Petitioner then wrote to the Benefits Review Board and requested review by the "U. S. Court of Appeals." He apparently believed, erroneously, that this was the correct procedure to follow in filing his petition for review. His letter was dated May 4, 1987, but postmarked June 5, 1987 (both within the sixty days he was allowed to file such a petition). On January 7, 1988, more than six months later, a clerk at the Benefits Review Board wrote back to Shendock and advised him that in order to seek judicial review he must file a petition with the "United States Court of Appeals for the Third Circuit." The clerk also advised Shendock of the court's address. Shendock then wrote to this court by letter received January 20, 1988, and requested judicial review of his case. The staff attorney's office wrote back to him and advised him of the procedure he had to follow, as well as the fact that there were filing deadlines imposed by law. Shendock eventually provided the staff attorney's office with all of the necessary papers and the jurisdiction issue was referred to a motions panel. The motions panel referred the case to the merits panel and ordered that Shendock's petition for review be filed nunc pro tunc as of January 20, 1988, "without prejudice to the merits panel adopting an earlier date," which we now do.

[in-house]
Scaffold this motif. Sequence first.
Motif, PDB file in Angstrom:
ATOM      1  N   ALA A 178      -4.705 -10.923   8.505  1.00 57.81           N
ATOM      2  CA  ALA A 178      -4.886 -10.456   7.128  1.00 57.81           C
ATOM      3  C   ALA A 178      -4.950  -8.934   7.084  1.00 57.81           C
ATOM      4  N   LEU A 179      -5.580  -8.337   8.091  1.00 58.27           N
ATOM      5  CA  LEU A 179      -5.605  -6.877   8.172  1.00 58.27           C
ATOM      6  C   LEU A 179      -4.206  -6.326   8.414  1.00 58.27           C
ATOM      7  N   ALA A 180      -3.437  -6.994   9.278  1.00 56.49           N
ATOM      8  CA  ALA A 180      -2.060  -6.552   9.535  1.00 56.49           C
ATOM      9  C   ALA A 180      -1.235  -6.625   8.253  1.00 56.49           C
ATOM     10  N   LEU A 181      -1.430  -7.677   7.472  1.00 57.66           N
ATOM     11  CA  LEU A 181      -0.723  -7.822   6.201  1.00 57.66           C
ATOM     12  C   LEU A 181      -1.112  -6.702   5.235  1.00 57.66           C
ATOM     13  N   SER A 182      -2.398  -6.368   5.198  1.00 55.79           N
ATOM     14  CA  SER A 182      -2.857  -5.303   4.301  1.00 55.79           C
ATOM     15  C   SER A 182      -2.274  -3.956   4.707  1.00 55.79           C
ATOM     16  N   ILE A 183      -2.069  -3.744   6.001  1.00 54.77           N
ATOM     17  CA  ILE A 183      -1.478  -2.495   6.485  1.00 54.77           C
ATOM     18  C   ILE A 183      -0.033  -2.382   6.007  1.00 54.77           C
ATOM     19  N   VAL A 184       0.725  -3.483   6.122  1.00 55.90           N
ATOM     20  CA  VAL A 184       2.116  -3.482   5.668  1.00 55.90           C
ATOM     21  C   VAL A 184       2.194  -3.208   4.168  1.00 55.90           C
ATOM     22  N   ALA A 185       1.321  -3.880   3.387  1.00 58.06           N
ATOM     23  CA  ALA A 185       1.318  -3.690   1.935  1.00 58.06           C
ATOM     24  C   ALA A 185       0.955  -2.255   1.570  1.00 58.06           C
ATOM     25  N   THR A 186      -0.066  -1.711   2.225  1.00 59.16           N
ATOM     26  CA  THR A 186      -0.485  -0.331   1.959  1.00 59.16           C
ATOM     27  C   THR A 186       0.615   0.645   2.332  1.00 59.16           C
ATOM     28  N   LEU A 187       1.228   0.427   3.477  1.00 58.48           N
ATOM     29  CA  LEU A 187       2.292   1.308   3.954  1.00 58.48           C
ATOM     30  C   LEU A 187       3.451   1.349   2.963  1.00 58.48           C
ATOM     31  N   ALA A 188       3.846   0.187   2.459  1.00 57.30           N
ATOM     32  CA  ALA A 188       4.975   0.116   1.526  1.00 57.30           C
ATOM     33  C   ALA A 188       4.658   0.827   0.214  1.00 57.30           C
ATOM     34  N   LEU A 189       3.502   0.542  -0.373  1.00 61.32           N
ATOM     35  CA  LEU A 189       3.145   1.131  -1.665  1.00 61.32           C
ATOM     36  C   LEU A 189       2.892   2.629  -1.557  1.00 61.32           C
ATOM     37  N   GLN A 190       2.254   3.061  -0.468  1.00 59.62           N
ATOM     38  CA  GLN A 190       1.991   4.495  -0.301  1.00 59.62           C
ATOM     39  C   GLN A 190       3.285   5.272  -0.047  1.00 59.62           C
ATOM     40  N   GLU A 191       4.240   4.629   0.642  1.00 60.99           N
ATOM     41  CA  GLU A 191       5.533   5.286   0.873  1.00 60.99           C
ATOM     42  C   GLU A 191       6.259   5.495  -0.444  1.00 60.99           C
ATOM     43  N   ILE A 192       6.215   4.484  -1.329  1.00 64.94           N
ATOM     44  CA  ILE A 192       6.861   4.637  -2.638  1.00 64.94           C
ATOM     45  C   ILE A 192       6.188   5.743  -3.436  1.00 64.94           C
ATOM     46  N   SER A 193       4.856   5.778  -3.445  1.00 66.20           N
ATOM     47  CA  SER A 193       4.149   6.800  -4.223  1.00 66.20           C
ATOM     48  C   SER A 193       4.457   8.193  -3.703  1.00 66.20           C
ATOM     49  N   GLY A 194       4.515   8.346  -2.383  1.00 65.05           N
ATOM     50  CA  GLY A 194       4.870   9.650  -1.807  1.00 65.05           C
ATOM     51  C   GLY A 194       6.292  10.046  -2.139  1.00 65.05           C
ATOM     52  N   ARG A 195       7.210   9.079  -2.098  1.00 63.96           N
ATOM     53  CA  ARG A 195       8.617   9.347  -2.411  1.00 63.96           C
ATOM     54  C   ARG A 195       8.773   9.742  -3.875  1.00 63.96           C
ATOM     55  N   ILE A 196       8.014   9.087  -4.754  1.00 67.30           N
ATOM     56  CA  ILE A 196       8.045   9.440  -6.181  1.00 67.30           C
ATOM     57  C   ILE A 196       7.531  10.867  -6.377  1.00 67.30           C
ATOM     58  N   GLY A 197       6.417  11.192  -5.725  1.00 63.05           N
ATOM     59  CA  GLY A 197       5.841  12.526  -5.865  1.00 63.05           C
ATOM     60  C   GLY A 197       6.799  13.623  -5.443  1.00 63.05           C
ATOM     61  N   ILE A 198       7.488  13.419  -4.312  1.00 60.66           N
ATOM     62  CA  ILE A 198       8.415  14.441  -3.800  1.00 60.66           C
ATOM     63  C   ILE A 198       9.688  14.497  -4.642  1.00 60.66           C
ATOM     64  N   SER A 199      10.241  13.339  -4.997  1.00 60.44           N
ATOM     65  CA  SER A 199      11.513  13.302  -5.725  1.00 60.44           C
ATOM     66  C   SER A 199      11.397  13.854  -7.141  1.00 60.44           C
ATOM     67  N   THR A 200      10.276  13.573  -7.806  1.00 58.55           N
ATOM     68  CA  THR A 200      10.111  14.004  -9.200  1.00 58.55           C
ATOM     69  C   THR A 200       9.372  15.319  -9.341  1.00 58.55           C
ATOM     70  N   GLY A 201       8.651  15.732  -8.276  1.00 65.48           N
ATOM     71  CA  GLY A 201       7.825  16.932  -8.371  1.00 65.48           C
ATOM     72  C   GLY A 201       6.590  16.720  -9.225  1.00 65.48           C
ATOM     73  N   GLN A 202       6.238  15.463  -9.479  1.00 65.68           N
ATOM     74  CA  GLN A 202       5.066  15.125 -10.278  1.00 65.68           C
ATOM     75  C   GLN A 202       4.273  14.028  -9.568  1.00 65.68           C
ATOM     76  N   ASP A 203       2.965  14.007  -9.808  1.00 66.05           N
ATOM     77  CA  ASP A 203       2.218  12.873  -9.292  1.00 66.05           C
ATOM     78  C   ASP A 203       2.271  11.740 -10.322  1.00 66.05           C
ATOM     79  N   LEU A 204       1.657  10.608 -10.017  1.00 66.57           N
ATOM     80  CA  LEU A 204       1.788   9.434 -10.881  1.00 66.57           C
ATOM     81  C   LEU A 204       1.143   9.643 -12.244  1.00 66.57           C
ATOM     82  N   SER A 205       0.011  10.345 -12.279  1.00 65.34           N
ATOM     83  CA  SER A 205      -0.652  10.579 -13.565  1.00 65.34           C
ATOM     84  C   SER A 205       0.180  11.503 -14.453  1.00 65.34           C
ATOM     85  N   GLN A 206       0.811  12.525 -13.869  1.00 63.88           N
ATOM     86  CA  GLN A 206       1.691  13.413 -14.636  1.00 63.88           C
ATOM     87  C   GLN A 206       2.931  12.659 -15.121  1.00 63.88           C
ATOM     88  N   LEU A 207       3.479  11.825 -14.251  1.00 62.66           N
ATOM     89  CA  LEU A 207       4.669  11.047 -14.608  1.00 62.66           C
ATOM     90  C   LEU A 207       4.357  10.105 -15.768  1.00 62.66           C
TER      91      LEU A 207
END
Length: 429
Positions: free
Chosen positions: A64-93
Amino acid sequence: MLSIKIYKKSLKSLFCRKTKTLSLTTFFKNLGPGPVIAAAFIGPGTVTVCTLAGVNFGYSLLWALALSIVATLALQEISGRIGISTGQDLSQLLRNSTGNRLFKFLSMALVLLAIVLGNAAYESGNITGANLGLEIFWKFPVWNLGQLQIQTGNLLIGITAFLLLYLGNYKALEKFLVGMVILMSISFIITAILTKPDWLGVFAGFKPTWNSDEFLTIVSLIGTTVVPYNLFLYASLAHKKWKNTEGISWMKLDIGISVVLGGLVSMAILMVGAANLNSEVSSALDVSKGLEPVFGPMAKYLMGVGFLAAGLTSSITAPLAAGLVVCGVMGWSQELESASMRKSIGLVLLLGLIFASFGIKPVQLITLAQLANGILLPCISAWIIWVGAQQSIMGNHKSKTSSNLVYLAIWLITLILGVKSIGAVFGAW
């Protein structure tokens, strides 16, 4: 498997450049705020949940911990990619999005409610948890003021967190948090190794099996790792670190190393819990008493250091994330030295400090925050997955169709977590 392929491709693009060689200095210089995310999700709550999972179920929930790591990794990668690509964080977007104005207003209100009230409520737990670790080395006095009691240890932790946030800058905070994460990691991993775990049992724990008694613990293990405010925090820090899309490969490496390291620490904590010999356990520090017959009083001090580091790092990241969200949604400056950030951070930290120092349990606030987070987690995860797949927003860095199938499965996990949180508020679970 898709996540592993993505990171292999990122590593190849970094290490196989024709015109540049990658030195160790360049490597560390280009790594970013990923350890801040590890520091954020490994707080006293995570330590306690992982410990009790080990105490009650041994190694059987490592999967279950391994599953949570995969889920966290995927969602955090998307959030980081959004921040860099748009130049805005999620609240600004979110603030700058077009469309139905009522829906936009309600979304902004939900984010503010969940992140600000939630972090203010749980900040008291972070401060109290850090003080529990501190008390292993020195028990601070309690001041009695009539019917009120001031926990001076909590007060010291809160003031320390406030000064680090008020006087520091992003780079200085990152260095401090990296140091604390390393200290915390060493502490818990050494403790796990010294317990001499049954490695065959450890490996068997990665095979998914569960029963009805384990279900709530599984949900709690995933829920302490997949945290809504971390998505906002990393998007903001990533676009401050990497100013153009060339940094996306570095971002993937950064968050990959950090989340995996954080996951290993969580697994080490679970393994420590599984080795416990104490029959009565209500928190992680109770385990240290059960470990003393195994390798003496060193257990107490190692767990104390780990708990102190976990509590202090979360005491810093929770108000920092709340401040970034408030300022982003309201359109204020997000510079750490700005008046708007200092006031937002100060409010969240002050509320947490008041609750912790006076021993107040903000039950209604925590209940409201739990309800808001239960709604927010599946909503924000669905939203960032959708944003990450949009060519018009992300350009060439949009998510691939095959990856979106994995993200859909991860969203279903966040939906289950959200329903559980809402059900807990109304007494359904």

Under 33 U.S.C. § 921(c) and 20 C.F.R. § 802.410, petitioner was required to file his petition for review in this court by June 15, 1987 (sixty days after the filing of the Benefits Review Board's decision). This he did not do, although he did mail the petition to the Benefits Review Board in Washington D.C., on June 5, 1987 (fifty days after the filing of the Benefits Review Board's decision).